wilfr said...

So, I checked out VanMap and the City website for a little more information. On VanMap, it shows the property line a lot further out than Ms. Whitty stated, but I'm not a proficient user of the map, and again I don't know how it works when it's all city property and what the arrangement is with the Carnegie. Seems to me, it should be more clearly divided between Carnegie Security and the VPD, and I would have expected that Ethel Whitty could have explained that in her first email to me.

They've made some organizational changes since the new crew moved into City Hall. Can't remember what the previous organizational chart looked like, but now the Carnegie is under the Social Development Department, which is under the Community Services Group, one of ten groups which come directly under the Office of City Manager.

The short job description of the Social Development Department states in part this, "The Social Development Department advises Council on policies and action plans relating to the social development of the city;..." From what Ethel had said to me about the drug situation being a "social problem", it didn't make sense that she would say they had no control over it, so I sent another email.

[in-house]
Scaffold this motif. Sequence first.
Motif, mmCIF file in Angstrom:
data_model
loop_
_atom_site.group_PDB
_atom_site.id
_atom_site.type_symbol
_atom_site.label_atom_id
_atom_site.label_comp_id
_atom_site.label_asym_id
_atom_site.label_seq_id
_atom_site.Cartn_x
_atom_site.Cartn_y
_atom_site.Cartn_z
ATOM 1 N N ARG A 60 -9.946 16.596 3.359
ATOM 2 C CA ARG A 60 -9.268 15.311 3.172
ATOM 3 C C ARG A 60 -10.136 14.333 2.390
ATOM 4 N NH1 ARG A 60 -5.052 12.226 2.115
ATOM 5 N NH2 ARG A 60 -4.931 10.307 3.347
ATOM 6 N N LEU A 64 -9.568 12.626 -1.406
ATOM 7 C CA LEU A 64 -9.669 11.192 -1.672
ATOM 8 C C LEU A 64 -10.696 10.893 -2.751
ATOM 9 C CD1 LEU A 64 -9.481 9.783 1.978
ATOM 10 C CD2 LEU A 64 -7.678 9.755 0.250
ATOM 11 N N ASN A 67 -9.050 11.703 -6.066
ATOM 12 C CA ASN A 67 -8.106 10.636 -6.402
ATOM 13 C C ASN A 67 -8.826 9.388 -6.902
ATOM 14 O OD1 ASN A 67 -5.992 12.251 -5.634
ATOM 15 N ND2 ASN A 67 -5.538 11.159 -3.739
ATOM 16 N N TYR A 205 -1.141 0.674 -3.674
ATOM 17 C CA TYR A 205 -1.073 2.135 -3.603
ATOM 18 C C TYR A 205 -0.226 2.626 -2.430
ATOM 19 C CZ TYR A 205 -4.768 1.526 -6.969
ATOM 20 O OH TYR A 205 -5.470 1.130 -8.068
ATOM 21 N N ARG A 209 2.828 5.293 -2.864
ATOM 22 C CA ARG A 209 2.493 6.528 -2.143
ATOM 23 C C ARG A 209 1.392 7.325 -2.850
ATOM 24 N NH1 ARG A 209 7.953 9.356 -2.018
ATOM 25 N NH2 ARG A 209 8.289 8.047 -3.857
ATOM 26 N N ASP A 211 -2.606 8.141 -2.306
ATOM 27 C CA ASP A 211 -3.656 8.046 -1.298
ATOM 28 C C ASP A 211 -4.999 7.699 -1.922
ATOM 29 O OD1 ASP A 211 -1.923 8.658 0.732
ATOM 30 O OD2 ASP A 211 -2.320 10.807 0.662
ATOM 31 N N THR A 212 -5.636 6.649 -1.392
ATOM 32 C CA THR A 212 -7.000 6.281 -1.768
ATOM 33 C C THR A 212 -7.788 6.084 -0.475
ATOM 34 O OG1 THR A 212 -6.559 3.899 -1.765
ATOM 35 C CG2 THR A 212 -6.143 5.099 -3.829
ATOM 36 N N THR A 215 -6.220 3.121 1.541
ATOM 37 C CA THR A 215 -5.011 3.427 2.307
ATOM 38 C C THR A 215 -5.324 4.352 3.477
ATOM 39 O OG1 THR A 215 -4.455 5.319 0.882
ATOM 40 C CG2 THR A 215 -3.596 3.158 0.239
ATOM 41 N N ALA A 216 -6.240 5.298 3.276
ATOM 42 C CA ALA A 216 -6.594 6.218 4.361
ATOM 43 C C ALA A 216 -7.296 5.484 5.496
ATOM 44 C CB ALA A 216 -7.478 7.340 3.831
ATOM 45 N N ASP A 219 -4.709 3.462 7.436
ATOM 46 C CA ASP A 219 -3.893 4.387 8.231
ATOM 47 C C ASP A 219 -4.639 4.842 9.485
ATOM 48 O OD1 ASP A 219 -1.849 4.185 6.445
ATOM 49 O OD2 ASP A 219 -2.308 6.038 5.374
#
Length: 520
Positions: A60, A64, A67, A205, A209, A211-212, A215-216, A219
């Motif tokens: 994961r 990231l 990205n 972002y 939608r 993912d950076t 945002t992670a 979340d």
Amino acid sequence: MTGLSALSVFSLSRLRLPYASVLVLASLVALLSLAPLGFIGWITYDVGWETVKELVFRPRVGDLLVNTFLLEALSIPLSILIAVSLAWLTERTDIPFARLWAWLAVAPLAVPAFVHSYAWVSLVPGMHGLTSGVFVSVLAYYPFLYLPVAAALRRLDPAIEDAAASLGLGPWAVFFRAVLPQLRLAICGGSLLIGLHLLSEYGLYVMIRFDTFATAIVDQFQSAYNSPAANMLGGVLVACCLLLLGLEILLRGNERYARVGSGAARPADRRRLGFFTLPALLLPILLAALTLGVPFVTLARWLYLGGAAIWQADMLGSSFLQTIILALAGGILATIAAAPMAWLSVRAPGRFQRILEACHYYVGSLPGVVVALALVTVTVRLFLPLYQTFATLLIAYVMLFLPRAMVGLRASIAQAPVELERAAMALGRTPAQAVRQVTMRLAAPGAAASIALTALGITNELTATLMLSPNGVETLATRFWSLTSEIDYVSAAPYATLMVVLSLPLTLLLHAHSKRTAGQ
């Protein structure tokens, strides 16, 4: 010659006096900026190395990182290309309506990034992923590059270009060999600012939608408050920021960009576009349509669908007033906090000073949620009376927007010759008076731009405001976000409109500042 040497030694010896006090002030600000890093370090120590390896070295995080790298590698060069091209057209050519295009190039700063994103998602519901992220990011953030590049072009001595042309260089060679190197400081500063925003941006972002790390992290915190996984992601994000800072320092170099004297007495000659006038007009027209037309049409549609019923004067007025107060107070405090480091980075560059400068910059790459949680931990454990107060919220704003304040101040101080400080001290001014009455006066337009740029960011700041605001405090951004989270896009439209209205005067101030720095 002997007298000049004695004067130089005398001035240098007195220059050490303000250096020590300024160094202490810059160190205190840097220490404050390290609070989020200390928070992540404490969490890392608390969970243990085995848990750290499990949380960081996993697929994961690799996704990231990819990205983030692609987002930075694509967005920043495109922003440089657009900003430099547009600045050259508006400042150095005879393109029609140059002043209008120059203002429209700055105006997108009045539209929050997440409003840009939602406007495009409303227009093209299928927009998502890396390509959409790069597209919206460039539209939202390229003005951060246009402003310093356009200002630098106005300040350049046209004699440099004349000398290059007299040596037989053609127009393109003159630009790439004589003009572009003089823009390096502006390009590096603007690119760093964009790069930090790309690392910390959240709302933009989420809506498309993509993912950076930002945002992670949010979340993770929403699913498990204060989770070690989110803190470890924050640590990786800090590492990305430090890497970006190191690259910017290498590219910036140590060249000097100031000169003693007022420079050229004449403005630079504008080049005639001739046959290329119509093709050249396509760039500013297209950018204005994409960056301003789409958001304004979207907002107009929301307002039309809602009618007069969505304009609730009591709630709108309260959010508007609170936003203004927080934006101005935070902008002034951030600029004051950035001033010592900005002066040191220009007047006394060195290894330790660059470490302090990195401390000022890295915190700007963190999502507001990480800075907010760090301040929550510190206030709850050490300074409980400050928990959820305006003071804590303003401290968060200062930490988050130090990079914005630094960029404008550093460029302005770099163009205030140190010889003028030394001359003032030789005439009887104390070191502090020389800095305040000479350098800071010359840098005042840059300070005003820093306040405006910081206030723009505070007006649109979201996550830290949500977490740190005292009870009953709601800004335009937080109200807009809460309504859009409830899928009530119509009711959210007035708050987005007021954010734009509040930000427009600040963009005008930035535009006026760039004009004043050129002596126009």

I explained what I had found and asked how it could be that Ms. Whitty worked within the Social Development umbrella, and could call the drug dealing in front of the Carnegie a "social problem", and then in the same sentence say she had no control over plan of action, or regular meetings with the police or whatever...not doing anything, not even trying?

I still have not got an answer to that email. I have followed it up once and no response to that either. That was 10 days ago, and I intend to keep sending.

(RS - not sure if you want to use this in this post or somewhere else or just for reference, but feel free.)

reliable sources said...


Thanks for sending that info. It's always interesting to be reminded of the priorities of Ethel's guards.

If somebody pipes up inside the building and a staff person doesn't want to talk to them, they just call security. But if somebody lights a crack pipe outside on the front steps....not so much of a problem.

So many people are like yourself in that they have just realized it is easier not to go to Carnegie.

I was surprised to learn that the dream bars are now $1.20.